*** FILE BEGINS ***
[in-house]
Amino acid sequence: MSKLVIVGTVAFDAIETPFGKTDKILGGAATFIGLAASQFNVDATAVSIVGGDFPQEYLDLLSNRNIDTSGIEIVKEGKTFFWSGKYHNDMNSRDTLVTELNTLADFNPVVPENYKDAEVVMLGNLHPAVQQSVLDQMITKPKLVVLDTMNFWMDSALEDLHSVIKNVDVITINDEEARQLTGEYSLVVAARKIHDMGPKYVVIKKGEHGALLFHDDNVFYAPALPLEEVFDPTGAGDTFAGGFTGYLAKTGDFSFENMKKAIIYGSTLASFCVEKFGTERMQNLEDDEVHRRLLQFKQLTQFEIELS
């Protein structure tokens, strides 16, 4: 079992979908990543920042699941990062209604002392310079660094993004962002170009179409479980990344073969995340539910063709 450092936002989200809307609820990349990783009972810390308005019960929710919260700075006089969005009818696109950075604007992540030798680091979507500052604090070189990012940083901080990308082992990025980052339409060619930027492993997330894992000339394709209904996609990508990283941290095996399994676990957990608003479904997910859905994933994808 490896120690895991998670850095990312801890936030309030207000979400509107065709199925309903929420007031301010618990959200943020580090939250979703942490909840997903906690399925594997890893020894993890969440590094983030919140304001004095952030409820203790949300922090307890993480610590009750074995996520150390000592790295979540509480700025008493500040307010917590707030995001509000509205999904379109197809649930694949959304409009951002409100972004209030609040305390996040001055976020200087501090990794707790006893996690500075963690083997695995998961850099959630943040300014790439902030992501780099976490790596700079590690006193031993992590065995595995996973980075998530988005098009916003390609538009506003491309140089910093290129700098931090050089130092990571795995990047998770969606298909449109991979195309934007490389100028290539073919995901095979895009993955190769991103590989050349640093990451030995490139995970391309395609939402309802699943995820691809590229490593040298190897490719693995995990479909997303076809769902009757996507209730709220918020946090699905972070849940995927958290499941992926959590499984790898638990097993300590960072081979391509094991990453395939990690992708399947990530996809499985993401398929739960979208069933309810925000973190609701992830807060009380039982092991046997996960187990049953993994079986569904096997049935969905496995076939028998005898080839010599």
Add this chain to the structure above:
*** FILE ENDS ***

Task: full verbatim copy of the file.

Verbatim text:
[in-house]
Amino acid sequence: MSKLVIVGTVAFDAIETPFGKTDKILGGAATFIGLAASQFNVDATAVSIVGGDFPQEYLDLLSNRNIDTSGIEIVKEGKTFFWSGKYHNDMNSRDTLVTELNTLADFNPVVPENYKDAEVVMLGNLHPAVQQSVLDQMITKPKLVVLDTMNFWMDSALEDLHSVIKNVDVITINDEEARQLTGEYSLVVAARKIHDMGPKYVVIKKGEHGALLFHDDNVFYAPALPLEEVFDPTGAGDTFAGGFTGYLAKTGDFSFENMKKAIIYGSTLASFCVEKFGTERMQNLEDDEVHRRLLQFKQLTQFEIELS
């Protein structure tokens, strides 16, 4: 079992979908990543920042699941990062209604002392310079660094993004962002170009179409479980990344073969995340539910063709 450092936002989200809307609820990349990783009972810390308005019960929710919260700075006089969005009818696109950075604007992540030798680091979507500052604090070189990012940083901080990308082992990025980052339409060619930027492993997330894992000339394709209904996609990508990283941290095996399994676990957990608003479904997910859905994933994808 490896120690895991998670850095990312801890936030309030207000979400509107065709199925309903929420007031301010618990959200943020580090939250979703942490909840997903906690399925594997890893020894993890969440590094983030919140304001004095952030409820203790949300922090307890993480610590009750074995996520150390000592790295979540509480700025008493500040307010917590707030995001509000509205999904379109197809649930694949959304409009951002409100972004209030609040305390996040001055976020200087501090990794707790006893996690500075963690083997695995998961850099959630943040300014790439902030992501780099976490790596700079590690006193031993992590065995595995996973980075998530988005098009916003390609538009506003491309140089910093290129700098931090050089130092990571795995990047998770969606298909449109991979195309934007490389100028290539073919995901095979895009993955190769991103590989050349640093990451030995490139995970391309395609939402309802699943995820691809590229490593040298190897490719693995995990479909997303076809769902009757996507209730709220918020946090699905972070849940995927958290499941992926959590499984790898638990097993300590960072081979391509094991990453395939990690992708399947990530996809499985993401398929739960979208069933309810925000973190609701992830807060009380039982092991046997996960187990049953993994079986569904096997049935969905496995076939028998005898080839010599």
Add this chain to the structure above: